Saying NO to harassment
Women are the majority users of public transport. This may be because they are less likely to drive a car than men, or less likely to have priority use of a family vehicle. They are also more likely than men to be poor, making the ownership, re-fuelling and maintenance of a motor vehicle less of an option, especially for women in many developing countries. We can add this to the pervasive gender stereotypes in some countries dictating whether it is culturally appropriate for women to drive a car, take a bus, or even travel at all, especially on their own.
Written by Shanny Campbell, Gender and Social Development Specialist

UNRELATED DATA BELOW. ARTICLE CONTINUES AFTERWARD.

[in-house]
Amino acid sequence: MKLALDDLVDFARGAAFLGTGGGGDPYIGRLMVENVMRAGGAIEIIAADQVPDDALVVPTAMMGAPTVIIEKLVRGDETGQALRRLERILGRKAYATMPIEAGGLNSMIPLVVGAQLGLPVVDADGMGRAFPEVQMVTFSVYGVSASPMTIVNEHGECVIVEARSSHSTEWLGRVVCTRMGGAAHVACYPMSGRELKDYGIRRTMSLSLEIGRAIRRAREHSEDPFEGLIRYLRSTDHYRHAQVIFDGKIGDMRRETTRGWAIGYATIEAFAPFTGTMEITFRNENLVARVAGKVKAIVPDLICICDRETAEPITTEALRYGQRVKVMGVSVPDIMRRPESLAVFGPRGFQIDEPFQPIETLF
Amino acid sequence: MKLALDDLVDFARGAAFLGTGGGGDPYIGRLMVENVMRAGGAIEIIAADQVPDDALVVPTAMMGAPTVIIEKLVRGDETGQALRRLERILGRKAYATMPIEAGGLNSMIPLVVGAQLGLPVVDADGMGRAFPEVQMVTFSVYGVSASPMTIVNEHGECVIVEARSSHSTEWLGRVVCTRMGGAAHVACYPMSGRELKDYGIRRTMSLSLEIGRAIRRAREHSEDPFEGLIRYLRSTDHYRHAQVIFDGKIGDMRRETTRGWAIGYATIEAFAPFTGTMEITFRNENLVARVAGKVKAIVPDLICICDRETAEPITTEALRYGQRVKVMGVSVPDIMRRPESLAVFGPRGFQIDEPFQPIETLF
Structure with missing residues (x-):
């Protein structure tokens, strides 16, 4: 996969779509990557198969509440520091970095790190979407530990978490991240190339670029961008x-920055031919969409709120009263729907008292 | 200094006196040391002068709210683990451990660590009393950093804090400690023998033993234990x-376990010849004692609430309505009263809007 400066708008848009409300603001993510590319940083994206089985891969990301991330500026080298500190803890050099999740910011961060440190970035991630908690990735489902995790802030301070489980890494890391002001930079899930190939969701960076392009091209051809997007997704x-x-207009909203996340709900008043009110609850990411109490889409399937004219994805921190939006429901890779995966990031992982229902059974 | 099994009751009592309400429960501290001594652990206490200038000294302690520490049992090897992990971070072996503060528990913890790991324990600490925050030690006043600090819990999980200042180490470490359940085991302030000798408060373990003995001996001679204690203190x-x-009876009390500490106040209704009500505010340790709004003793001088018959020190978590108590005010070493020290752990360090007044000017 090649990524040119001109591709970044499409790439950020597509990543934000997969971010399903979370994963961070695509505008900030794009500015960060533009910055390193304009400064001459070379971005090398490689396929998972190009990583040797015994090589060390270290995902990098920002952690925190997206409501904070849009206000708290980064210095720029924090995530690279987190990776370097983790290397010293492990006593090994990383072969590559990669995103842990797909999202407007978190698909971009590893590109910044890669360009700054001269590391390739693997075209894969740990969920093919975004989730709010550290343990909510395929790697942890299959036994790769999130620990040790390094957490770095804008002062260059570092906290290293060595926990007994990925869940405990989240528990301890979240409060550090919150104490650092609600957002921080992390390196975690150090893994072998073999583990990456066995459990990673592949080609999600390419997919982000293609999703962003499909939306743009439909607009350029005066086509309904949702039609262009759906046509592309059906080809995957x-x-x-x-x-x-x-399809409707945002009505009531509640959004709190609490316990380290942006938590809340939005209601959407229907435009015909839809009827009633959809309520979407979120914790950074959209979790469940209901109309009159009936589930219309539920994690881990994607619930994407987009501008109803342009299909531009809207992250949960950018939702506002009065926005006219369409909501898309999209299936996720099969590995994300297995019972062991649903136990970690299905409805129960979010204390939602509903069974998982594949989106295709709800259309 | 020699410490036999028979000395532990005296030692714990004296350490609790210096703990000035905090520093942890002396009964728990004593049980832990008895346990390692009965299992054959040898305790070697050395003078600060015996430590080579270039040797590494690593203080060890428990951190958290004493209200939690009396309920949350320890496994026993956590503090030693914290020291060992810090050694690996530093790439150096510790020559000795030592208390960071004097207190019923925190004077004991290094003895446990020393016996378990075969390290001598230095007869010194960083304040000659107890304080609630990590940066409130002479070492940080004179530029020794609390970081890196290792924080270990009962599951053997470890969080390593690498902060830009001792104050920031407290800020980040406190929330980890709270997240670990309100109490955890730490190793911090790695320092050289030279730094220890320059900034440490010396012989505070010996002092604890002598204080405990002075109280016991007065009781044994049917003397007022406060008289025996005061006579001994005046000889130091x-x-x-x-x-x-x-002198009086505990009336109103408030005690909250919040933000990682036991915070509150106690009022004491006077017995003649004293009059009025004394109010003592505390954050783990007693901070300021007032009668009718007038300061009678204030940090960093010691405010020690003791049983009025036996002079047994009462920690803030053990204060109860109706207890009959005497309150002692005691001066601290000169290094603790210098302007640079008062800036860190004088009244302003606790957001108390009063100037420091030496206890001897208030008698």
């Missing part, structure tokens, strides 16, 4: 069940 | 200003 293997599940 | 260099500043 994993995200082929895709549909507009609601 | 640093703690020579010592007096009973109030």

Women are the majority users of public transport. This may be because they are less likely to drive a car than men, or less likely to have priority use of a family vehicle. They are also more likely than men to be poor, making the ownership, re-fuelling and maintenance of a motor vehicle less of an option, especially for women in many developing countries. We can add this to the pervasive gender stereotypes in some countries dictating whether it is culturally appropriate for women to drive a car, take a bus, or even travel at all, especially on their own. Logically, public transport systems should be designed with women in mind: their several-stop journeys to access public services; to incorporate care and income earning needs; their management of children and food purchases; their need for well-lit waiting areas, timely and affordable services and good transport information. Most of these design features are now fairly standard on the public transport projects supported by ADB. What I would like to see receiving more attention is public harassment, an issue highlighted by many women’s NGOs. Public harassment of women and girls has major implications for other areas of women’s empowerment. In fact, harassment on the street, public transport and other public spaces can be considered part of a vicious cycle which not only discourages the mobility of women and girls (and undermines the empowering benefits of access to education, income and services that mobility affords), but also increases the passivity and tolerance of harassment in others. Just as desensitization to violence has been shown to increase aggression in male players of video games, insensitivity to public harassment of women and girls can increase the incidence of more violent crimes against women by lowering their social status. Consider this. A woman is harassed in public, let’s say on a train. She is embarrassed. She wonders if it’s her fault because she was polite, or wore nice clothes. Mostly she is disgusted. But often, she does nothing. She is passive and she tolerates it. Society has conditioned her to put up with it. Bystanders may notice but see she is silent, so they are also apathetic. The crime is not reported. There is no punishment. It seems to be publically condoned, so the perpetrator feels emboldened, empowered. The few who do complain are viewed skeptically. Remarks such as these are not unknown – ‘hardly anyone else minds, it’s just a bit of fun, surely. There are worse things happening out there. It’s surely not worth the attention of the police, or the security personnel’. But meanwhile, steadily, the respect for women as public transport users of equal value, equal rights, equal dignity, is eroding. A culture of victim-blaming grows. Minor harassment turns into stalking, attacking, and worse. Women and girls using public transport become fewer, more fearful. Families actively restrict their mobility. It’s not safe for you. In the aftermath of the horrendous Delhi bus rape/murder case in December 2012, the lawyer for the defendants famously noted that the blame for the attack should be with the victims, since they should not have been using public transport at night. Interestingly, the perpetrators were identified in part due to Delhi CCTV footage. Enhancements to public security such as lighting, CCTV, security guards in known harassment hotspots, as well as effective anti-harassment media campaigns, complaint hotlines and prominent signage all have a place in modern public transport systems that are gender responsive. Cellphone applications, which enable quick reporting and monitoring of trouble spots, or publicly shame offenders, are also increasingly being used. These include Harass Map in Egypt, Circle of 6, Fight Back and Nirbhaya in India, Not Your Baby in Toronto, and similar crowd-sourced applications such as Hollaback in 24 countries (including the USA, Ireland, Turkey, Italy, Korea, India and Poland), and NGO-backed systems in Bangladesh and Pakistan. The more comprehensive programs offer follow up advice, services, self-defense classes, tip sheets and promote systems of neighborhood guardianship rewarded by ‘safe spot’ promotion. All of this action can break down stereotypes, stop the culture of victim blaming, and enable women and girls to receive the benefits they deserve from efficient public transportation services.